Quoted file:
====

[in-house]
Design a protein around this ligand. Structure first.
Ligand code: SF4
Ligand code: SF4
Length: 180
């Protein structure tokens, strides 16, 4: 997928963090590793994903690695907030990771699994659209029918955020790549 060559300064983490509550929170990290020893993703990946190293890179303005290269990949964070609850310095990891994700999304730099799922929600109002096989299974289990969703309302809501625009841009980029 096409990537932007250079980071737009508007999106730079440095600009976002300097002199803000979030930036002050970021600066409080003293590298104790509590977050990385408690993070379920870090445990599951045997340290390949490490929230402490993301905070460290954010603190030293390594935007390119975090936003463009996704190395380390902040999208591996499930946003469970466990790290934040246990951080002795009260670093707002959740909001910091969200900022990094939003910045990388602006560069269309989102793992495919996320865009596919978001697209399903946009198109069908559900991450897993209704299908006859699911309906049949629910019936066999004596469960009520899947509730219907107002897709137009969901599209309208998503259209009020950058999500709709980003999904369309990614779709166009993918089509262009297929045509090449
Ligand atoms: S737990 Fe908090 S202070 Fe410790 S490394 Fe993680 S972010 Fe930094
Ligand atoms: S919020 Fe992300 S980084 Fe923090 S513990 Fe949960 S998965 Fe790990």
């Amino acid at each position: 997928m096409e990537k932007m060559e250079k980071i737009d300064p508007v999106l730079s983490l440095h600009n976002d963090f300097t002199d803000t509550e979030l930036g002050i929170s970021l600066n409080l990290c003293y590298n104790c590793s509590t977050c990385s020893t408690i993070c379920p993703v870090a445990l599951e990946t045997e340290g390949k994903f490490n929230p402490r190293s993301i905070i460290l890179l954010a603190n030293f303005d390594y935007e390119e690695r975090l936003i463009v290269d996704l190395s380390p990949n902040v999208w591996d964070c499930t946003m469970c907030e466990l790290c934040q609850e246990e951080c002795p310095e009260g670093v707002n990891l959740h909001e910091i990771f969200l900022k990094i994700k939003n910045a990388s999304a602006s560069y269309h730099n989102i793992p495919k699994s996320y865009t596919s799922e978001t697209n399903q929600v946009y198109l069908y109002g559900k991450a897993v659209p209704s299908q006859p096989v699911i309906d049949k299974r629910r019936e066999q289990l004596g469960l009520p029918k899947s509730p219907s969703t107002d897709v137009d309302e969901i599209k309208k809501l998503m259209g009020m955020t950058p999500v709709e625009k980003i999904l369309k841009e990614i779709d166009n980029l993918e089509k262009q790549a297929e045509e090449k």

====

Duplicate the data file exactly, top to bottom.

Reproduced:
[in-house]
Design a protein around this ligand. Structure first.
Ligand code: SF4
Ligand code: SF4
Length: 180
């Protein structure tokens, strides 16, 4: 997928963090590793994903690695907030990771699994659209029918955020790549 060559300064983490509550929170990290020893993703990946190293890179303005290269990949964070609850310095990891994700999304730099799922929600109002096989299974289990969703309302809501625009841009980029 096409990537932007250079980071737009508007999106730079440095600009976002300097002199803000979030930036002050970021600066409080003293590298104790509590977050990385408690993070379920870090445990599951045997340290390949490490929230402490993301905070460290954010603190030293390594935007390119975090936003463009996704190395380390902040999208591996499930946003469970466990790290934040246990951080002795009260670093707002959740909001910091969200900022990094939003910045990388602006560069269309989102793992495919996320865009596919978001697209399903946009198109069908559900991450897993209704299908006859699911309906049949629910019936066999004596469960009520899947509730219907107002897709137009969901599209309208998503259209009020950058999500709709980003999904369309990614779709166009993918089509262009297929045509090449
Ligand atoms: S737990 Fe908090 S202070 Fe410790 S490394 Fe993680 S972010 Fe930094
Ligand atoms: S919020 Fe992300 S980084 Fe923090 S513990 Fe949960 S998965 Fe790990």
């Amino acid at each position: 997928m096409e990537k932007m060559e250079k980071i737009d300064p508007v999106l730079s983490l440095h600009n976002d963090f300097t002199d803000t509550e979030l930036g002050i929170s970021l600066n409080l990290c003293y590298n104790c590793s509590t977050c990385s020893t408690i993070c379920p993703v870090a445990l599951e990946t045997e340290g390949k994903f490490n929230p402490r190293s993301i905070i460290l890179l954010a603190n030293f303005d390594y935007e390119e690695r975090l936003i463009v290269d996704l190395s380390p990949n902040v999208w591996d964070c499930t946003m469970c907030e466990l790290c934040q609850e246990e951080c002795p310095e009260g670093v707002n990891l959740h909001e910091i990771f969200l900022k990094i994700k939003n910045a990388s999304a602006s560069y269309h730099n989102i793992p495919k699994s996320y865009t596919s799922e978001t697209n399903q929600v946009y198109l069908y109002g559900k991450a897993v659209p209704s299908q006859p096989v699911i309906d049949k299974r629910r019936e066999q289990l004596g469960l009520p029918k899947s509730p219907s969703t107002d897709v137009d309302e969901i599209k309208k809501l998503m259209g009020m955020t950058p999500v709709e625009k980003i999904l369309k841009e990614i779709d166009n980029l993918e089509k262009q790549a297929e045509e090449k």